"An apology for expression of his beliefs, conditional or unconditional, would be insincere," he said.
Bhushan said as an officer of court he believes it's a duty to speak up when he believes there is a deviation from its sterling record.
"Therefore I expressed myself in good faith, not to malign the Supreme Court or any particular Chief Justice, but to offer constructive criticism so that the court can arrest any drift away from its long-standing role as a guardian of the Constitution and custodian of peoples' rights," he said.
He said: "My tweets represented this bonafide belief that I continue to hold. Public expression of these beliefs was I believe, in line with my higher obligations as a citizen and a loyal officer of this court. Therefore, an apology for expression of these beliefs, conditional or unconditional, would be insincere."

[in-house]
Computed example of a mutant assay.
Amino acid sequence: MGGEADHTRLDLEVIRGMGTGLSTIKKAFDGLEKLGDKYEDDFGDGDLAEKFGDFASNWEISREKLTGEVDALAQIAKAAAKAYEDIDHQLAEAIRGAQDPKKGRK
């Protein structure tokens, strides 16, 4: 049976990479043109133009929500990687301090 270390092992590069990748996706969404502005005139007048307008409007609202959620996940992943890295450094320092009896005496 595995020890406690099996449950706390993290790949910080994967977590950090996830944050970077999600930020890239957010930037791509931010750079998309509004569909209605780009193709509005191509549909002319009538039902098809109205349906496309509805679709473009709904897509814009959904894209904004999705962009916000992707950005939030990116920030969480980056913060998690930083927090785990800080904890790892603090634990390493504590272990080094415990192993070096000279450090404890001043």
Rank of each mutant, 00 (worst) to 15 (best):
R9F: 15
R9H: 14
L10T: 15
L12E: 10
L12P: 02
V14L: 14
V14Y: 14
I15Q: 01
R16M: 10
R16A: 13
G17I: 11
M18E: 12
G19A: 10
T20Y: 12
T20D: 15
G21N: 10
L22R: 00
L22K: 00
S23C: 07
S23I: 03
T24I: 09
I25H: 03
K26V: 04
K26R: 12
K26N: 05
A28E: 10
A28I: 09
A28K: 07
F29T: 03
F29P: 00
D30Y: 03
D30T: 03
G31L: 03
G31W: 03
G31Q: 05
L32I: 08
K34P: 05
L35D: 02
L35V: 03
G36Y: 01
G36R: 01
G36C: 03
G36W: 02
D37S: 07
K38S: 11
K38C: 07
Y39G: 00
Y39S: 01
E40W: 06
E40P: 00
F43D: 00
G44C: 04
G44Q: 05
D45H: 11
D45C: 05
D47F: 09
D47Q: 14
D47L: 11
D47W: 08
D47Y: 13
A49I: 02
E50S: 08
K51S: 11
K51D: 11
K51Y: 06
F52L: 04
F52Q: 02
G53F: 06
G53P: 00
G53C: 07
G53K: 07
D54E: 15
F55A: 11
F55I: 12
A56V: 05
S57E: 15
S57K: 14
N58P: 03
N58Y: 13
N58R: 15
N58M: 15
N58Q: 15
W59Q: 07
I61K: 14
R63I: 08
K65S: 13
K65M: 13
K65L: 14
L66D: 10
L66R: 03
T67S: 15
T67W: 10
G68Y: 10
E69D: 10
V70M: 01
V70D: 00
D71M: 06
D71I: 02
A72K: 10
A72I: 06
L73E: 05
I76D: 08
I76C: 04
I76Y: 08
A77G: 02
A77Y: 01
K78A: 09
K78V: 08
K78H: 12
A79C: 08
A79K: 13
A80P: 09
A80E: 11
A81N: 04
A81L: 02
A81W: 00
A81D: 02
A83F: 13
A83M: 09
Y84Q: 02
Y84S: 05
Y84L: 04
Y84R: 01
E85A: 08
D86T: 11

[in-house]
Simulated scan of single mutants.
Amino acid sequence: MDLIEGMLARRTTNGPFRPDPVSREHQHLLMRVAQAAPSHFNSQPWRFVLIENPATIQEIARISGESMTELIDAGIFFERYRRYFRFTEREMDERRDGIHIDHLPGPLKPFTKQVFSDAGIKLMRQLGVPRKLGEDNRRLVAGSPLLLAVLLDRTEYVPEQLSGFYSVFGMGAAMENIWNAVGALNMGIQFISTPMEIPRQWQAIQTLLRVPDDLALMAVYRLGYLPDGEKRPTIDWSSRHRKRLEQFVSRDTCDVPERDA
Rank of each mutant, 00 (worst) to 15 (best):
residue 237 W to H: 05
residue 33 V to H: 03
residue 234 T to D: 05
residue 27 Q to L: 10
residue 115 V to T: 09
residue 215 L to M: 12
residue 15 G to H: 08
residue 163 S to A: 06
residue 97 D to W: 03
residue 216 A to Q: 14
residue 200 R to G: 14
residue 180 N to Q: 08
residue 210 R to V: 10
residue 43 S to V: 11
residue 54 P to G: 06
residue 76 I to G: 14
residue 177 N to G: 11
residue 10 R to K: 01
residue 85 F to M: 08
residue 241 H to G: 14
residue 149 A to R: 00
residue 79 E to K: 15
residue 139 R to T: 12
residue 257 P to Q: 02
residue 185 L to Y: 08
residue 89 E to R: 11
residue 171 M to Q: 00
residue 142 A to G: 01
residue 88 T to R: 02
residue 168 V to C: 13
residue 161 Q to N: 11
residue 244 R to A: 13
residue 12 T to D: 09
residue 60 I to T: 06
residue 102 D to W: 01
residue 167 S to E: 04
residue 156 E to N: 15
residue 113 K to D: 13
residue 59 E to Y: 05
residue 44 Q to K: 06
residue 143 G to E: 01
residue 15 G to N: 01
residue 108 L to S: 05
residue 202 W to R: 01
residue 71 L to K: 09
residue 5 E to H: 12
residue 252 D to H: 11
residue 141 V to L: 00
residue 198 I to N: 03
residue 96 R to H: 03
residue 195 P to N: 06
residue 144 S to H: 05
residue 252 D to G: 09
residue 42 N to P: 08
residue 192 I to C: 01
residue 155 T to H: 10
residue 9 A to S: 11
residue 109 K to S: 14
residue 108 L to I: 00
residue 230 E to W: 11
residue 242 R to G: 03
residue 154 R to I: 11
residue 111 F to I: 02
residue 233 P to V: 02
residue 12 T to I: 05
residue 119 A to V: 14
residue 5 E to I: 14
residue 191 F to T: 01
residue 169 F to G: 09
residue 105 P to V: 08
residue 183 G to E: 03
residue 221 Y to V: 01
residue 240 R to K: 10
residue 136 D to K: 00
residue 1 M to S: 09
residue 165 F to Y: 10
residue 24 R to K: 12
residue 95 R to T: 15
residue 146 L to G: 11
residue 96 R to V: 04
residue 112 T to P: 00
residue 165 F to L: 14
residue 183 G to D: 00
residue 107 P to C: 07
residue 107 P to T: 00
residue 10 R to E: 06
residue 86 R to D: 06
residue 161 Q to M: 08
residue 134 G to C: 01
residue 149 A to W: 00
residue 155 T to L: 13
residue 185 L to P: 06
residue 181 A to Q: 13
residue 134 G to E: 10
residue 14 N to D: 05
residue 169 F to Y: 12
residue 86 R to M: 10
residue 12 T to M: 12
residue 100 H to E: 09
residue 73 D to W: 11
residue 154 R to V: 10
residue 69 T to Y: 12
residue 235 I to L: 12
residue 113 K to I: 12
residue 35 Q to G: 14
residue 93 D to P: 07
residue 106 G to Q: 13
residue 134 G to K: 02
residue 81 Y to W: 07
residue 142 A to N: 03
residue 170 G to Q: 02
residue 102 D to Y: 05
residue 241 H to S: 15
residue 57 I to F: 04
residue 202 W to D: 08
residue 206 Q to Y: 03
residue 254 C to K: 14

Bhushan further said that an apology cannot be a mere incantation and any apology has to, as the court has itself put it, be sincerely made.
"This is especially so when I have made the statements bonafide and pleaded truths with full details, which have not been dealt with by the Court. If I retract a statement before this court that I otherwise believe to be true or offer an insincere apology that in my eyes would amount to the contempt of my conscience and of an institution that I hold in highest esteem," he said.
On August 20, the top court had granted time till August 24 to Bhushan to reconsider his defiant statement refusing to apologise and tender unconditional apology for contemptuous tweets against the judiciary and rejected his submission that quantum of punishment be decided by another bench.
The apex court, on August 14, had held Bhushan guilty of criminal contempt for his two derogatory tweets against the judiciary saying they cannot be said to be a fair criticism of the functioning of the judiciary made in the public interest.
He faces simple imprisonment of up to six months or with a fine of up to Rs 2,000 or with both as punishment.